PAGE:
Hair loss is a concern that many individuals face at some point in their lives. Whether it’s gradual thinning or sudden bald patches, understanding the potential causes is crucial for finding effective solutions. In this article, we look into the diverse factors that contribute to hair loss, shedding light on why those luscious locks might be bidding farewell.
Hormonal imbalances, particularly excess androgens, play a significant role in hair loss. Dr. Michele Green, a cosmetic dermatologist, highlights their connection to both female and male pattern baldness. Learn about the impact of androgen sensitivities during hormonal changes like those associated with birth control use or menopause.
Other hormone-related issues can also lead to hair loss, particularly those involving thyroid hormones.
Both hypothyroidism (an underactive thyroid) and hyperthyroidism (an overactive thyroid) can cause hair loss due to hormonal imbalances. Autoimmune thyroid diseases like Hashimoto’s thyroiditis and Graves’ disease are additional contributors, as explained by the Cleveland Clinic.
Thyroid hormones play a crucial role in regulating various bodily functions, including hair growth. Proper treatment to manage these thyroid conditions helps control hormones, halt hair loss, and kickstart the regrowth of your hair.
Pregnancy and Postpartum Hair Loss
Hormonal imbalances, particularly after pregnancy, can cause hair loss. Dr. Green notes that postpartum hair loss is common, affecting 40 to 50 percent of new mothers. During pregnancy, increased estrogen levels temporarily disrupt normal hair growth cycles, resulting in less hair loss than usual.
Medications and Hair Loss
Certain medications for common health issues can lead to hair loss, termed “drug-induced hair loss” by the American Hair Loss Association.
Blood thinners, oral contraceptives, antidepressants, anti-inflammatories, and certain vitamins like A and retinoids may contribute to thinning hair or baldness. Some cancer chemotherapy drugs cause total hair loss but often regrows after stopping treatment.
If experiencing medication-induced hair loss, consult your doctor before stopping any prescribed medication. They may adjust your treatment to find a solution without compromising your hair.
Alopecia Areata (AA)
Alopecia, or hair loss, includes alopecia areata, an autoimmune condition where the immune system attacks hair follicles, hindering new hair growth.
Alopecia areata can cause hair loss on the scalp or throughout the body. The American Academy of Dermatology Association notes it can lead to thinning hair, patches of loss, partial balding, or total baldness. The condition may be permanent or temporary, with various causes, including genetics. Consult your doctor for potential treatments.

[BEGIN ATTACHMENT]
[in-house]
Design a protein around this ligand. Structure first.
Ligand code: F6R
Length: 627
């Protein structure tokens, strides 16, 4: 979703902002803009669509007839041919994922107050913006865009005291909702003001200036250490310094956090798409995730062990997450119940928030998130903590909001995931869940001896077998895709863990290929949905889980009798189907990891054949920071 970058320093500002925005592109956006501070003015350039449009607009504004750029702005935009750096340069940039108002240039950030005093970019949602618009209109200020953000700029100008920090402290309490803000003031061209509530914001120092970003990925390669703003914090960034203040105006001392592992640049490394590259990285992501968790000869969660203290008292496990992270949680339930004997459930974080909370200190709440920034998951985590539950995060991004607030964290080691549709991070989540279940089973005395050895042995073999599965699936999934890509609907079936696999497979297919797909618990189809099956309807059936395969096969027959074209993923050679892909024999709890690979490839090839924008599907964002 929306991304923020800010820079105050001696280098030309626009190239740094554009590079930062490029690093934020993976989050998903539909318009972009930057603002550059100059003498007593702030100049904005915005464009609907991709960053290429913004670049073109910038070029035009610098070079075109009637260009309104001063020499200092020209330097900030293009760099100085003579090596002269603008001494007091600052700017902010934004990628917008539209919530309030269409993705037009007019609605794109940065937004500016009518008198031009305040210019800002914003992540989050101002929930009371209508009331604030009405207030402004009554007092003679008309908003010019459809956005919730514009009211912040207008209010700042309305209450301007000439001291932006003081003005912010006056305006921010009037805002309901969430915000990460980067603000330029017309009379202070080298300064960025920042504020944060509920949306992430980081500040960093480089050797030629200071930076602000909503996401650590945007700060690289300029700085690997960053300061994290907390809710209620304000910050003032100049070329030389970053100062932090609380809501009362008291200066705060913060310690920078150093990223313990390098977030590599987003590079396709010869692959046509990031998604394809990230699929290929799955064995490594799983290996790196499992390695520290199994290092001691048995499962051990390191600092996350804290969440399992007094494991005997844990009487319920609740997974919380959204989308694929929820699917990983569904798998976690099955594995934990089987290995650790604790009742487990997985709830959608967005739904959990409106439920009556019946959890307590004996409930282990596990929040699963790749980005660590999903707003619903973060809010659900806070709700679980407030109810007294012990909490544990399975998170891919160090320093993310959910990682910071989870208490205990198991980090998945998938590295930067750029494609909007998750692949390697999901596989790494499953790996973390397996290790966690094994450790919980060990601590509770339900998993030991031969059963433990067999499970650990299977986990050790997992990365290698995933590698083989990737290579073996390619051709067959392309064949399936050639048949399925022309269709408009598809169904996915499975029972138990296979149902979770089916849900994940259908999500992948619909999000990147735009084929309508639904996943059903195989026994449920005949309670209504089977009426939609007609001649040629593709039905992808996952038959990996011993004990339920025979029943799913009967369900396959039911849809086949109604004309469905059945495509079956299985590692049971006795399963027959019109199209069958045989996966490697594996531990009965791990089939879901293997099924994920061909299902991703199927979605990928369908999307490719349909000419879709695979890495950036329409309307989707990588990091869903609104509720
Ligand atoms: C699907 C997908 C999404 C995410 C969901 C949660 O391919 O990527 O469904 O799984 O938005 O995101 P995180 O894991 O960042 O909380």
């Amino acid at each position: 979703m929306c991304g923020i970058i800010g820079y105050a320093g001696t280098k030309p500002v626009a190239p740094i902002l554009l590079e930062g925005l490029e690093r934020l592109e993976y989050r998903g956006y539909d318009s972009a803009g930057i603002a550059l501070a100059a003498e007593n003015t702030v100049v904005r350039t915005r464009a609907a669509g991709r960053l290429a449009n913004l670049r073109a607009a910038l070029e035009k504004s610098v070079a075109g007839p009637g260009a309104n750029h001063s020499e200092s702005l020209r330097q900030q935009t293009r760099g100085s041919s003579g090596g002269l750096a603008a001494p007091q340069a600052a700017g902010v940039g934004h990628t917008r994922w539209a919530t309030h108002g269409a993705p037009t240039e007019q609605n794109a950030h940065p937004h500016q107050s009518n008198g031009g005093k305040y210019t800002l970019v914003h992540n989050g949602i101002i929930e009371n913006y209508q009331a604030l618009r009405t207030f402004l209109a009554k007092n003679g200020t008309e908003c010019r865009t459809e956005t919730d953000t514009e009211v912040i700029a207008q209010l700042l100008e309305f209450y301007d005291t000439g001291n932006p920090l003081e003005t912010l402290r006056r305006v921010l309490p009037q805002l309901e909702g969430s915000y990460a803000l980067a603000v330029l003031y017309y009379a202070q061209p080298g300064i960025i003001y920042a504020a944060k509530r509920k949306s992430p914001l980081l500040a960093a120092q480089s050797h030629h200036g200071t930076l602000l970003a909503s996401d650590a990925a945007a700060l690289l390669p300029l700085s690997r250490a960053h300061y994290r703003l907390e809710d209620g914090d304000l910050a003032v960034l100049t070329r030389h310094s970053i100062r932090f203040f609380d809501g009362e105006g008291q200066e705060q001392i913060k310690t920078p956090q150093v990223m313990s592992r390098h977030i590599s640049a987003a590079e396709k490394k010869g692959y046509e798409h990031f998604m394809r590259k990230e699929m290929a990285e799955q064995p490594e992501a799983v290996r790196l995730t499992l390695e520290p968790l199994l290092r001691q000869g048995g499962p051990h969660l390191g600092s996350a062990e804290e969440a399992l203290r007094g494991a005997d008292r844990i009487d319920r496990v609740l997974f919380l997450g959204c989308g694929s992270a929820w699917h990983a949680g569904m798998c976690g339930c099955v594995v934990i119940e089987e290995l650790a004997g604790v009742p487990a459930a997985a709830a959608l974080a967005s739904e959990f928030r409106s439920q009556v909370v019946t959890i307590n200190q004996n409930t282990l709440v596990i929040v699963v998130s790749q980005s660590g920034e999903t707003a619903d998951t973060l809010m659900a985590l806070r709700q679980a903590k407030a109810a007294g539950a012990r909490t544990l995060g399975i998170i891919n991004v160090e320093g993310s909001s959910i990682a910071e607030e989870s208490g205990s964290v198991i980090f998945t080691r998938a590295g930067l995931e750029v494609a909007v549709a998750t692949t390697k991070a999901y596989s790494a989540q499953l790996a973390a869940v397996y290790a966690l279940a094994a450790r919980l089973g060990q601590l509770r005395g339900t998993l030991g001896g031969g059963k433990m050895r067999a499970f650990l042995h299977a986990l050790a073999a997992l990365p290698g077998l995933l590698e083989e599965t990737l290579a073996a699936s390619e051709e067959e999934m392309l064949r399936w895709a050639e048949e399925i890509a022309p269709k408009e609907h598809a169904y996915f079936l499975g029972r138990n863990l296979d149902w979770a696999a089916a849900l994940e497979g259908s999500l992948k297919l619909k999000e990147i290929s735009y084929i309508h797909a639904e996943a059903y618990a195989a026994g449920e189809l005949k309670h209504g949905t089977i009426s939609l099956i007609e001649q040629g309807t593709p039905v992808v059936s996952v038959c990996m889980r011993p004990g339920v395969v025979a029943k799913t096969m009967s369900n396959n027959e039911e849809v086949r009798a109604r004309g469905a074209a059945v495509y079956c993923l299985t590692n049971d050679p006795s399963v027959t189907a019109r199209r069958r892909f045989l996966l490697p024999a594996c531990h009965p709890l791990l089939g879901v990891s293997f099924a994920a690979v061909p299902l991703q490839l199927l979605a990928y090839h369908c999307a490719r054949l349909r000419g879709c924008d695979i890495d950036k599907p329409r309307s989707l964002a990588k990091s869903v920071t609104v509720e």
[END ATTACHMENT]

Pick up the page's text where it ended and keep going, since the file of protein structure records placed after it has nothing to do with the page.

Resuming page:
Alopecia areata is among several autoimmune diseases causing hair loss. Examples include Hashimoto’s thyroiditis and lupus, as noted by DermNet NZ. Though this hair loss may be permanent, medications and hair restoration surgeries can help.
If you have one autoimmune disease, the risk of developing others increases. Regular monitoring by your doctor for new symptoms or changes is crucial for early detection and management.
Severe physical stress can disrupt the natural hair growth cycle, causing hair loss, often in the form of thinning or clumps. Shock to the system from incidents like accidents, surgery, burns, or illness affects hair follicles.
Penn Medicine notes that 50 to 75 percent of your hair may fall out months after such stress, known as telogen effluvium, which usually resolves within six to eight months.
Infections and illnesses, including high fevers or severe infections, contribute to temporary hair loss. Fungal or bacterial infections, like syphilis, can also lead to balding or thinning hair.
Intense stress, like from illness or surgery, can trigger hair loss, explains Dr. Green. During acute telogen effluvium, up to 70 percent of hair follicles enter a resting state, compared to the usual 10 to 20 percent.
Surprisingly, in cases like COVID-19, stress rather than the disease itself can cause hair loss, as highlighted by the AAD. This effect is also common after a fever or during general illness recovery.
While stress can temporarily cause hair loss, severe stress or anxiety may lead to trichotillomania, a condition where individuals compulsively pull out their hair. Researchers link this mental health issue to obsessive-compulsive disorder and other anxiety disorders.
Signs of trichotillomania include finding relief or pleasure after pulling hair and noticeable patches of hair loss. The Mayo Clinic notes it typically starts between ages 10 and 13, but it’s a chronic problem that may improve with treatment.
If you’re experiencing hair loss from other causes and have a history of hair-pulling disorders, stress may trigger trichotillomania.
Dr. Green says that lacking certain vitamins and minerals can cause hair loss as they play a role in the hair growth cycle and cellular turnover.
Inadequate protein, biotin, zinc, and iron are examples of vitamin deficiencies that can lead to hair loss, notes the AAD.
Eating a healthy, varied, and balanced diet with essential nutrients like protein ensures overall good health, supporting proper organ and system function. Poor nutrition or extreme diets can result in nutrient deficiencies, leading to hair loss, including thinning and bald patches.
Armed with knowledge about potential causes of hair loss, you can take proactive steps to maintain healthy hair. Consult healthcare professionals for personalized solutions, recognizing that your hair health mirrors your overall well-being. Nurture your hair with care, and remember, solutions are available for various hair loss challenges.